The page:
IT is profoundly disquieting to learn that, after 60 million years on the planet, wild Atlantic salmon could become an endangered species in our lifetime. Inured as we are to hearing every other day about a new species under threat somewhere in the world, the thought of wild salmon facing such a bleak fate is bound to be particularly troubling to Scots.

According to the Atlantic Salmon Trust (AST), the world population of wild salmon has declined by 70 per cent in just 25 years. Since the fish are sensitive to ecological change, that might indicate a gloomy prognosis for the planet.

However, the causes of the decline of wild Atlantic salmon are not completely clear, even if a line-up of the usual suspects is easy to assemble: climate change; pollution; effects of aquaculture such as sea lice and disease spread by escapees; over-fishing of young salmon’s staple diet; increased predation by seals, cormorants and dolphins; even changing sea currents.

READ MORE: Conservationists launch biggest study of its kind to find out why Scotland's wild salmon have declined so much

If we are to help in stemming the decline, it is essential that we pinpoint as best we can what is behind it and, to that end, the AST’s latest project is to be welcomed. Having already prepared a Suspects Framework, the organisation launches its Missing Salmon Project today at the River Garry, with the aim of determining what is the most likely culprit in the decline of the species.

Over the next two years, it will do this by tagging and tracking smolts from their spawning grounds in rivers around the Moray Firth to the sea and back again. This is an exercise on a scale never before seen in Europe. Hence the price tag of £1 million, to pay for the tags and acoustic receivers, that the trust is hoping to raise through a crowdfunding exercise. That will require some crowd.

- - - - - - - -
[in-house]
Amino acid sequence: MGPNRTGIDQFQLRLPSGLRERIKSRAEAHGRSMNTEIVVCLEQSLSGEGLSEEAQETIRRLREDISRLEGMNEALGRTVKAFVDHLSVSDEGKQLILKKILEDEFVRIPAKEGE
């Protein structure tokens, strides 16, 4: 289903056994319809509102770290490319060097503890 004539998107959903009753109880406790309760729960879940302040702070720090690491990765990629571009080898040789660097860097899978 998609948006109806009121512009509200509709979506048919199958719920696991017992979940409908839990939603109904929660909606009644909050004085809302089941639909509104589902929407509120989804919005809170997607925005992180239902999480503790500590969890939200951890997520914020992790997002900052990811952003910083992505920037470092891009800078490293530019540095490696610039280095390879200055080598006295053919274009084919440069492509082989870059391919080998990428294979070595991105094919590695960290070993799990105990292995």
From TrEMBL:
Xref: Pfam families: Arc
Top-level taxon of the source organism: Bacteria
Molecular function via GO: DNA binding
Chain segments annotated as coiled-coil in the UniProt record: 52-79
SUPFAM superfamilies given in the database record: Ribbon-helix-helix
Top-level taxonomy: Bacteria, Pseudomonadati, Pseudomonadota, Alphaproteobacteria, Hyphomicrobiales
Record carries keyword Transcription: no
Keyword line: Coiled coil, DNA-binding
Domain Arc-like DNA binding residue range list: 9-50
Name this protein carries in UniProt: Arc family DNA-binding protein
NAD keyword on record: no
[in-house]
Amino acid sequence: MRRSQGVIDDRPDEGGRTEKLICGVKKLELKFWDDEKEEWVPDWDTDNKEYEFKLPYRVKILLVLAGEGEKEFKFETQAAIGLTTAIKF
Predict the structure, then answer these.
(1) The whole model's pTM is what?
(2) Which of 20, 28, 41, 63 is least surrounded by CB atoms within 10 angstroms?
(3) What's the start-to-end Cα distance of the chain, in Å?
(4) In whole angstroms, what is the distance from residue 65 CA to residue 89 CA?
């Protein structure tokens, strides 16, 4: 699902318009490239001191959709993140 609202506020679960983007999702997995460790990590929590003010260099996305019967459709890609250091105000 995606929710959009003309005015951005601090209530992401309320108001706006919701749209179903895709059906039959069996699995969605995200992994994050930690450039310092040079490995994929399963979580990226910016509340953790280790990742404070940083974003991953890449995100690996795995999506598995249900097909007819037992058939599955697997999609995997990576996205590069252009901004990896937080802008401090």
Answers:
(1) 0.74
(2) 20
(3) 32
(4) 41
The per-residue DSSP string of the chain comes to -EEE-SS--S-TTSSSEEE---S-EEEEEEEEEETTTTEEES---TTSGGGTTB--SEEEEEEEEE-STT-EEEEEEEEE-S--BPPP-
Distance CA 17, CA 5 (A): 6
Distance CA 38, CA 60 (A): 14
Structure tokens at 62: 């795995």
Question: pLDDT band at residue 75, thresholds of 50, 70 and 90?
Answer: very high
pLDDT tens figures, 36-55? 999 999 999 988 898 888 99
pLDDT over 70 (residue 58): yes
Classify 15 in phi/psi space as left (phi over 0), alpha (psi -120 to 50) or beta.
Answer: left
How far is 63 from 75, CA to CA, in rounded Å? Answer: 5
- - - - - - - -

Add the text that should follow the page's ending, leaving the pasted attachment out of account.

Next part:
But the task is urgent. As the AST’s tracking co-ordinator Dr Matthew Norton says: “Too many times, humanity has acted too late when a species is in decline. We have an opportunity to act now and make a lasting, positive impact, so we’d ask everyone with an interest in preserving not only Scotland’s wild identity, but one of the world’s most famous species’s future, to support this ground-breaking project.”

Obviously, some fingers will point at salmon farming as a prime suspect in the decline, and it remains to be seen how much this turns out to be the case. Scottish salmon producers have already pledged to work with the AST and have previously argued that the decline in salmon numbers has been recorded for many decades, going back to before salmon farming even existed.

READ MORE: Conservationists launch biggest study of its kind to find out why Scotland's wild salmon have declined so much

Scotland’s love affair with the salmon does indeed go back a long way, with legislation enacted in the 14th century to prohibit certain types of traps in rivers. In the 15th century, other laws were passed to help smolts pass downstream safely.

Now the fate of the salmon is a concern from Greenland to Portugal. The species has never had an easy life, even from nature, with high levels of predation and ever-shifting barriers being put in its way. It has always managed to survive, but now it needs our help. And if humanity has been a contributory cause to its decline, we will have to mend our ways.

We wish the AST the best of luck with its crowdfunding exercise and its mission to establish just exactly what has been going on to hasten the decline of wild Atlantic salmon. The Missing Salmon Project is a sad necessity, but it will have a happy outcome if it can help to turn the situation around.

After 60 million years, the world would surely miss wild Atlantic salmon, and Scotland would be among the chief mourners.